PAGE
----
Tuesday, April 28, 2009

The Best Manny Pacquiao-Ricky Hatton Preview: Part 1



Like a child’s birthday or a meteorological event long speculated about but till now never actually observed, the fight approaches. Manny Pacquiao, the Filipino Southpaw with the golden smile stretches his hand toward immortality, a raging flame of passion and cheery bloodlust he sallies forth with confidence. A king, a killer, Manny is at the height of his powers, a thing rare, beautiful, and terrifying to behold. A living great in his absolute prime, a gentleman destroyer and folk hero; he is the very definition of a fighting champion.

Across from him stands Ricky Hatton, the good-natured Englishman, an overachiever and honest man. There is little deception or depth to him, either in his personal life or his fighting style. He comes forward, straight ahead, like the living image of the ancient fighting Greeks. I have one speed, one motive, he seems to say, are you strong enough, are you man enough to keep me back? Through occasionally maligned for what he is not, he has become fully what he is, and has carved his way to the pound for pound list through grit and fight; if he does not capture one’s imagination or heart, respect he has surely earned though cuts, long odds, and recovery from an embarrassing defeat. He is the most accomplished junior welterweight of the decade, an unbroken monument at ten stones, and looking to cement his place as a true great.



But today I wish to speak of Manny, where he has come from and the heights at stake for him on Saturday. It is dangerous to risk historical assessments on a fighter still at his apex, particularly one who has captured your heart, but a quick look back at Pacquiao’s most notable fights to this point will be illustrative for those of you not fully aware of his accomplishments.

Manny Pacquiao KO 8 Chatchai Sasakul 1998; Over a decade ago, fighting at the Flyweight limit (112 pounds), it was impossible to see what Pac would become. He was an undernourished 19-year-old kid and looked as though he had snuck out of calculus class and happened to find himself in the middle of a title bout, like some far-fetched Asian remake of a silly 80’s teen movie. Sasakul was an experienced and respected Ring Magazine champ, and the heavy favorite. He dominated early with his clever boxing, handling the game but wild Pacquiao. But even in this early stage, while Pacquiao didn’t have much of what makes him special today other than his sin, his straight left hand, and his fighting heart, he threw with spirit and conviction and laid Sasakul out in the eighth round. While a great victory Pacquiao was a growing boy, and soon lost the belt while struggling with weight issues. He moved to the United States and three divisions north, but this fight is still interesting, the portrait of the boxer as a young man.

Manny Pacquiao TKO 6 Lehlohonolo Ledwaba 2001; Pacquiao takes the fight on short notice and proceeds to embarrass the well-respected junior featherweight champion (122 pounds). This was Pacquiao’s first major fight under the guidance of Freddie Roach, the man who would mold him into the fighting machine he has now become. Pacquiao was a virtual unknown, but after the first minute of the fight the difference in speed was so pronounced and the furious volley’s Manny unleashed were so striking one couldn’t help but be impressed. He sliced the game Ledwaba to bits and became a champion in his second weight class.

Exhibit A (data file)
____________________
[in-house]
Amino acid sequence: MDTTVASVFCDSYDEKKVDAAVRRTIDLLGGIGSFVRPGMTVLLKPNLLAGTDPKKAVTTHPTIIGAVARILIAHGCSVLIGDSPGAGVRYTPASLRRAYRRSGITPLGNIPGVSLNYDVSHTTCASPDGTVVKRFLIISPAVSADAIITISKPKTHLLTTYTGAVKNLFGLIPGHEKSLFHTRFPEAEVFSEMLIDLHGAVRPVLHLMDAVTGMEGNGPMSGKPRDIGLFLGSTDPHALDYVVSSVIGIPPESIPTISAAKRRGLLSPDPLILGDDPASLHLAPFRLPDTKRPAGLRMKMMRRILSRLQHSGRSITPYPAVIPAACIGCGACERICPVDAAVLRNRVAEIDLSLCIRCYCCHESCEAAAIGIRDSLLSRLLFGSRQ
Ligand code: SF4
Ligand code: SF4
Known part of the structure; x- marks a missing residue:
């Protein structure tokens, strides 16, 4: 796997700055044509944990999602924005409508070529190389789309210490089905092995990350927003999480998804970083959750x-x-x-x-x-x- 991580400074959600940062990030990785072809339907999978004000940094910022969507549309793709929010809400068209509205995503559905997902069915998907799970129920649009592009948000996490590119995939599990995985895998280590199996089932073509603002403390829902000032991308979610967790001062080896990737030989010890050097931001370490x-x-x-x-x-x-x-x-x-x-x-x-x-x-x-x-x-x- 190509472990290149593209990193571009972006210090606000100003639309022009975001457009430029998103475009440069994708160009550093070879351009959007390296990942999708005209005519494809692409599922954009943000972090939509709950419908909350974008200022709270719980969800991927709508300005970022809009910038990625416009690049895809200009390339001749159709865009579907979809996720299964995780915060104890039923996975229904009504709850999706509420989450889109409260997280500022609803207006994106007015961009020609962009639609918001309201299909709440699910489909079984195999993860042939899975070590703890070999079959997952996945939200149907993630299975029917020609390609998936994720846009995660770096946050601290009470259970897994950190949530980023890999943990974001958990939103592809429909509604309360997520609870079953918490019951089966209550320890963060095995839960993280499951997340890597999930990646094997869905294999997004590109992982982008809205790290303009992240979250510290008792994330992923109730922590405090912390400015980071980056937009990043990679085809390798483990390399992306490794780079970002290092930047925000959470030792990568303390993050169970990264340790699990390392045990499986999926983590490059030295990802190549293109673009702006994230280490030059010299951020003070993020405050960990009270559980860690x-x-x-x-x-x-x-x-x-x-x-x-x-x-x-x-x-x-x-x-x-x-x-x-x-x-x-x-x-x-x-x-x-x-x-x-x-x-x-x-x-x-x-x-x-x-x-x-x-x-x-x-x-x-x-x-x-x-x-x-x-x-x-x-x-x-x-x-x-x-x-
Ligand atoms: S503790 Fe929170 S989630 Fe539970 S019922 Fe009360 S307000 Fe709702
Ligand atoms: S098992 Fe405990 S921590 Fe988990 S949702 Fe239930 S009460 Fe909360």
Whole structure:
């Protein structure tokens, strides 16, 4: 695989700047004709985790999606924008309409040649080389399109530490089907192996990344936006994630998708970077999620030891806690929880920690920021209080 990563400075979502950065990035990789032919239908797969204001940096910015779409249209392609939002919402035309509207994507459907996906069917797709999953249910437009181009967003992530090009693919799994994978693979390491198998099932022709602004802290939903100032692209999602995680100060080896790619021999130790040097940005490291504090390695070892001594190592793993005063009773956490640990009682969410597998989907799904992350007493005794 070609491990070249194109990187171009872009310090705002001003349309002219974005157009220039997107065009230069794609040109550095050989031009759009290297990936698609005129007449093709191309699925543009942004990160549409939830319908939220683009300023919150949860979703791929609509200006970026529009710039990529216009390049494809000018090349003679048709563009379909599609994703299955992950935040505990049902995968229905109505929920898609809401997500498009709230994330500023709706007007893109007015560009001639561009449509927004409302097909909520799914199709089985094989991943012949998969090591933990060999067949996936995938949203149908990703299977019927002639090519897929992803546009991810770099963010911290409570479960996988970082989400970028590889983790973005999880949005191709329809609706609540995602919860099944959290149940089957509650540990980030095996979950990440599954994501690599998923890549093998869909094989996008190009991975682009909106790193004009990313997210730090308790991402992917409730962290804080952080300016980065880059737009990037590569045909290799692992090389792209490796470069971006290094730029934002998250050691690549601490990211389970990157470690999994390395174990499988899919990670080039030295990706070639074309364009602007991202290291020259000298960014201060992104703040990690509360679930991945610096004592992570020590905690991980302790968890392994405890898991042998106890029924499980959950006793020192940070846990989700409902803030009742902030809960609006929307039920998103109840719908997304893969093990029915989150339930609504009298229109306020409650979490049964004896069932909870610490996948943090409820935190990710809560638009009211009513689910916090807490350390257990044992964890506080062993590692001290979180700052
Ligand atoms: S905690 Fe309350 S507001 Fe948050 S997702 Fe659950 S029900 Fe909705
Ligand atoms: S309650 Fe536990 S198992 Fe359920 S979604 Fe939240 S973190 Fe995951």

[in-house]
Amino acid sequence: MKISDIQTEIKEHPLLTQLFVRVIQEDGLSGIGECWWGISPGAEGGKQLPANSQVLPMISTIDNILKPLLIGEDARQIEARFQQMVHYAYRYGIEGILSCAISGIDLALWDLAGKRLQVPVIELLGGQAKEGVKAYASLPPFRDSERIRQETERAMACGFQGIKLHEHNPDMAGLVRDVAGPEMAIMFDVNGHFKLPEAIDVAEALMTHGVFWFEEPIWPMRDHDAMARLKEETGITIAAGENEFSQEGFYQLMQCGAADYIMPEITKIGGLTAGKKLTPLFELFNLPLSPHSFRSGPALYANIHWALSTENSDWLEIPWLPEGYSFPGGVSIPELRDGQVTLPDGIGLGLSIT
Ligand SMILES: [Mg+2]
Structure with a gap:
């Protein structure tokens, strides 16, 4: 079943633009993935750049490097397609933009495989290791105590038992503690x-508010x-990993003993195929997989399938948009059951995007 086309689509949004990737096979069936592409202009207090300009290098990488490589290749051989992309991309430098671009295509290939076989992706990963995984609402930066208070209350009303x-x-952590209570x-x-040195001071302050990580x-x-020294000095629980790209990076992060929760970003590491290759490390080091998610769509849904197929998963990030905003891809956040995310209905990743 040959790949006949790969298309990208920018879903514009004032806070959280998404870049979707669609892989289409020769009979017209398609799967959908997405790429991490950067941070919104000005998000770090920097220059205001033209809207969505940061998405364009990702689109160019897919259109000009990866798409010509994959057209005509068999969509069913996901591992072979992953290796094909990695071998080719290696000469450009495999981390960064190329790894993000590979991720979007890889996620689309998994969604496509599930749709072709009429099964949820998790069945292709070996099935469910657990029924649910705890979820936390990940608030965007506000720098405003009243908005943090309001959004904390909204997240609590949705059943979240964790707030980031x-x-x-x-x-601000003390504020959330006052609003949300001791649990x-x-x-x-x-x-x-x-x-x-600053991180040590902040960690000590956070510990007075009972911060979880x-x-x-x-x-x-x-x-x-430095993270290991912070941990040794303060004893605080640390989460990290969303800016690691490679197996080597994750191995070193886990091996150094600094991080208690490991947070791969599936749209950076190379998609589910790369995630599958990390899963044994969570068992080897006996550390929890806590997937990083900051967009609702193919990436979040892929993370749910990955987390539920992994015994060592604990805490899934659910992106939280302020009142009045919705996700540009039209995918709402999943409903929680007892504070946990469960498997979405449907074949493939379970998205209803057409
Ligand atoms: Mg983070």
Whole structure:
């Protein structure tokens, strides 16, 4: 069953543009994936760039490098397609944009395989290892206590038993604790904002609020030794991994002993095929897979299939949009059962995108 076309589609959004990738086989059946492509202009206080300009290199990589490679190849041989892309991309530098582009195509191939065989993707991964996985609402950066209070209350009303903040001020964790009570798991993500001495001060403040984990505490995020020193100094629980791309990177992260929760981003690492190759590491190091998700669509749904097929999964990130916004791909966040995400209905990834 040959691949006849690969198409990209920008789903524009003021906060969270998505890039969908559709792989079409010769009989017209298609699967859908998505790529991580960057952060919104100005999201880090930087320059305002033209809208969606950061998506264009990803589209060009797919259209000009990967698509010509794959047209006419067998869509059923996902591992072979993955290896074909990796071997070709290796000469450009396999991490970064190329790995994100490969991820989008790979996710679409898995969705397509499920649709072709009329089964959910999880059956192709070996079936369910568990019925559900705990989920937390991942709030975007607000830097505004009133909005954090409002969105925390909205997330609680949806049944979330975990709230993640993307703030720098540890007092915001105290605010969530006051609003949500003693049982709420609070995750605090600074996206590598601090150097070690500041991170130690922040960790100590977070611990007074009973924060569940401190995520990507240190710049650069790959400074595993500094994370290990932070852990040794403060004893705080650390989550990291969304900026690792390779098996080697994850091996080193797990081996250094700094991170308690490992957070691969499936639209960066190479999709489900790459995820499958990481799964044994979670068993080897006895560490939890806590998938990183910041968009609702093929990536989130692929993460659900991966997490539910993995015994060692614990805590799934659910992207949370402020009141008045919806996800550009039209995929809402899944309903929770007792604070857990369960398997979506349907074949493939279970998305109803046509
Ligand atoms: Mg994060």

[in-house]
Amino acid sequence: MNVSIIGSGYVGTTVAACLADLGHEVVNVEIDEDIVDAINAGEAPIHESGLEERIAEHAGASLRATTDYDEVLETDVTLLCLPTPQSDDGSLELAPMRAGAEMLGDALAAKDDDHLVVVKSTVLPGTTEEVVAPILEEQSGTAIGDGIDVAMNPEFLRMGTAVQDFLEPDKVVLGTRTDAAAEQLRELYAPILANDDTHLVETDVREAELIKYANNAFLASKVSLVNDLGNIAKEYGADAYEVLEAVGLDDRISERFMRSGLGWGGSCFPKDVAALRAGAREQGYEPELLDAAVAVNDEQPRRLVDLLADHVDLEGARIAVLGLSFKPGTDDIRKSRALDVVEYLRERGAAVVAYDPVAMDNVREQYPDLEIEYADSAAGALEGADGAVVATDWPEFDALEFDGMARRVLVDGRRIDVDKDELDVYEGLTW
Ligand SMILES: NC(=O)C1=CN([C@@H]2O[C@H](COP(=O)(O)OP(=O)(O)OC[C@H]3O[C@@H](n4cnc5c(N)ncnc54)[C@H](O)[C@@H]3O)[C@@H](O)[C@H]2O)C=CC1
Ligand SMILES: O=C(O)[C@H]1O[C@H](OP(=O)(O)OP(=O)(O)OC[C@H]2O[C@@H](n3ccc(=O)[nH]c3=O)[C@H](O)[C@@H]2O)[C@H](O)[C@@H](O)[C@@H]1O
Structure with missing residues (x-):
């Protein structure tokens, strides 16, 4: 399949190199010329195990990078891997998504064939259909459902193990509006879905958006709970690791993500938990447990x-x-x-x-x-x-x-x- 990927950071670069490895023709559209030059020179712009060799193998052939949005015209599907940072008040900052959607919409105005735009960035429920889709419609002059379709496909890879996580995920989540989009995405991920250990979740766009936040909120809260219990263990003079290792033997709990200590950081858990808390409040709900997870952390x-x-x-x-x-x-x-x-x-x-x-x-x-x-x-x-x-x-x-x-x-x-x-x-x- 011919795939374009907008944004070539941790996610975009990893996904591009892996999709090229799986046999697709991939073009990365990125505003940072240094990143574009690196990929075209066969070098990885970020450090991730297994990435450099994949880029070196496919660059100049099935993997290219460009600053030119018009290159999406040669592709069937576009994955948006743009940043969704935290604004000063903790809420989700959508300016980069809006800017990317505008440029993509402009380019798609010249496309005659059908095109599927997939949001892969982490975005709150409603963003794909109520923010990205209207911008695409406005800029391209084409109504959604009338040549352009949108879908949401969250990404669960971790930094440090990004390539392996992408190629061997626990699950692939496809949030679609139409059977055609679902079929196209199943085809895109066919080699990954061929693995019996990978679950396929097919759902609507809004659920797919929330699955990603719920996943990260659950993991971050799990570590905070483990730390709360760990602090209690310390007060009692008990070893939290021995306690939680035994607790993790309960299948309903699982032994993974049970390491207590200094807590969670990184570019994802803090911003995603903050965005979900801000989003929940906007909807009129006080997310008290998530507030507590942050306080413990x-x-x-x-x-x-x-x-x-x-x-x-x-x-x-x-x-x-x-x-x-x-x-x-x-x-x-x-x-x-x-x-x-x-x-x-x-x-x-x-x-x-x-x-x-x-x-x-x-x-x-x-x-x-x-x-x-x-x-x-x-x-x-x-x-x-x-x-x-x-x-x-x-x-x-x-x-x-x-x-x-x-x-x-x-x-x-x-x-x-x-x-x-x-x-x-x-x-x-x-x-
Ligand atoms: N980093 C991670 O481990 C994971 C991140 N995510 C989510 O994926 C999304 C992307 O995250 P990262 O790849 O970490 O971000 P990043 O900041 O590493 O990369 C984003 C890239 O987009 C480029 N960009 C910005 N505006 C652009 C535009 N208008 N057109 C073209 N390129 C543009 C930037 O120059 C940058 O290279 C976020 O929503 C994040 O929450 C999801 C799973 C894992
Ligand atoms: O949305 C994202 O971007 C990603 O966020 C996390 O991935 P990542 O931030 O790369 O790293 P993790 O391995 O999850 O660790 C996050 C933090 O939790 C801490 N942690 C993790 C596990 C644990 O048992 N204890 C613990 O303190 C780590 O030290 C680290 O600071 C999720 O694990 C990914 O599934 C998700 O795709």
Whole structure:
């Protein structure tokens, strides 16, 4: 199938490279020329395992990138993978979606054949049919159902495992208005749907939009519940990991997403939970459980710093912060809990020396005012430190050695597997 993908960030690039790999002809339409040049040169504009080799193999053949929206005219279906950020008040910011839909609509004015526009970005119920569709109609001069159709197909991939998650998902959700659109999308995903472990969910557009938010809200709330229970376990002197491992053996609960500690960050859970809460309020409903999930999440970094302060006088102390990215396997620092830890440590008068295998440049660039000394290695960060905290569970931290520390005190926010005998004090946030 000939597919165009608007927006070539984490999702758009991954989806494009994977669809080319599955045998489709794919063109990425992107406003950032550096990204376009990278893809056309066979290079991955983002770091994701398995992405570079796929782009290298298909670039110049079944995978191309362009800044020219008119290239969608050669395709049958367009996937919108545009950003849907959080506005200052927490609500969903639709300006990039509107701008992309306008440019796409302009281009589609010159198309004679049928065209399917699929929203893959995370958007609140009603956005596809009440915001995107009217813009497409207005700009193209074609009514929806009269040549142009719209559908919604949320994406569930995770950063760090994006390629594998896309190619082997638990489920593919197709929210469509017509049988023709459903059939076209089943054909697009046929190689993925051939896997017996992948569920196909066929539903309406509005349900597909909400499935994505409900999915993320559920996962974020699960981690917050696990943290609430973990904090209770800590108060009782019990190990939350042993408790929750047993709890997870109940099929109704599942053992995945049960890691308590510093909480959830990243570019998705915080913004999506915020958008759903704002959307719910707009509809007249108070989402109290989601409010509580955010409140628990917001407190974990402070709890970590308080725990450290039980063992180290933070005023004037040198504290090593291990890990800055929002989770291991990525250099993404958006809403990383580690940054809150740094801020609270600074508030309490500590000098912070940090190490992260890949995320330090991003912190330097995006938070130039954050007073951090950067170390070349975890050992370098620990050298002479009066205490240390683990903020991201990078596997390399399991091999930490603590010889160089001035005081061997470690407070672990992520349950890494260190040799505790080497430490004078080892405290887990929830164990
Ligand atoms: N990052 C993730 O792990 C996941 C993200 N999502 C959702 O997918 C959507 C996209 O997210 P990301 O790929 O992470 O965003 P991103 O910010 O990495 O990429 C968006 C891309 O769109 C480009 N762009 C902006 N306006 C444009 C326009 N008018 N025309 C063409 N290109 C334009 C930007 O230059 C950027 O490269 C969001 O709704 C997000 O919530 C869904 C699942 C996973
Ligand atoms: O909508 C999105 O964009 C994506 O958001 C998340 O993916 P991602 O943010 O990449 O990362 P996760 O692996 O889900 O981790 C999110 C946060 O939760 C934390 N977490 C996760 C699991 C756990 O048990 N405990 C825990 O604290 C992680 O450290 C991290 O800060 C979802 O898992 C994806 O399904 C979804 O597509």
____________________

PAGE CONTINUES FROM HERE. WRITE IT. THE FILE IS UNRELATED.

Manny Pacquiao TKO 11 Marco Antonio Barrera 2003: In the defining performance of his career Manny savaged the Mexican legend, at the time in the top 3 pound for pound, and announced his arrival as a major player. Manny captures the featherweight title, (126 pounds) and wins his second Ring Belt. This was the fight that rekindled my love of boxing, watching the unexpected performance, a masterful display of speed, aggression, and unbridled violence. Barrera was already a superstar, having embarrassed the flashy Nasseem Hamed, and split fights with his legendary rival Erik Morales. Manny fought with passion and desperation, shooting his money punch, the straight power left over and over again. Barrera, who one suspects had no idea what was coming, ate inhuman amounts of punishment before the fight was mercifully stopped. Never before or since have I seen such a great fighter at his peak so dominated. The crown jewel of Manny’s career, this was the fight many fell in love with the smiling warrior.

Manny Pacquiao D12 Juan Manual Marquez 2004: In an incredible bout, Manny met his match in the classy Marquez, a genius boxer puncher with a great fighting heart. Manny came out on fire, scoring three first round knockdowns and, from the looks of it, breaking Marquez nose. The fight was close to being stopped, but miraculously Marquez rose from the canvas and fought his way back into the fight. Larry Merchant called Pacquiao, “a typhoon raging across the pacific,” but the great Marquez through a mixture of bravery and craft began to time Pacquiao’s desperate lunges. Pacquiao was powerful and fast, but limited to pure 1-2’s (the jab followed by the straight left power punch.) After Marquez figured out his timing the pitched battle raged back and forth in a bloody and memorable fight that surely would have been the fight of the year if not for Castillo-Corrales I. the fight ended up a controversial draw, as the deciding scorecard, 113-113, gave Pacquiao only a 10-7 round instead of the 10-6 he rightfully deserved for the three knockdown first. While I scored the fight to Pacquiao, it showed his limitations as a one handed fighter, but nevertheless further solidified his status as the most excited little dynamo in the sport.

Manny Pacquiao SD L 12 Erik Morales 2005: Keeping up his incredible opposition, Manny moved up to Super Featherweight to take on the last and greatest of the Mexican feathers, Erik Morales. The regal Morales looked at the fight as his chance for redemption in his never-ending quest to one up his great rival, Marco Antonio Barrera, and gave the last great performance of his career. He studied Marquez’s game plan and proved victorious in a fantastic fight. Manny was badly cut above the eye, but his weak right hand and predictable attack were countered by Morales fine boxing and iron chin. Morales turned southpaw in the final round and ate a huge left hand, an act of machismo as incredible as I’ve ever seen. Though he lost, Pacquiao’s fighting heart was unbroken to the last.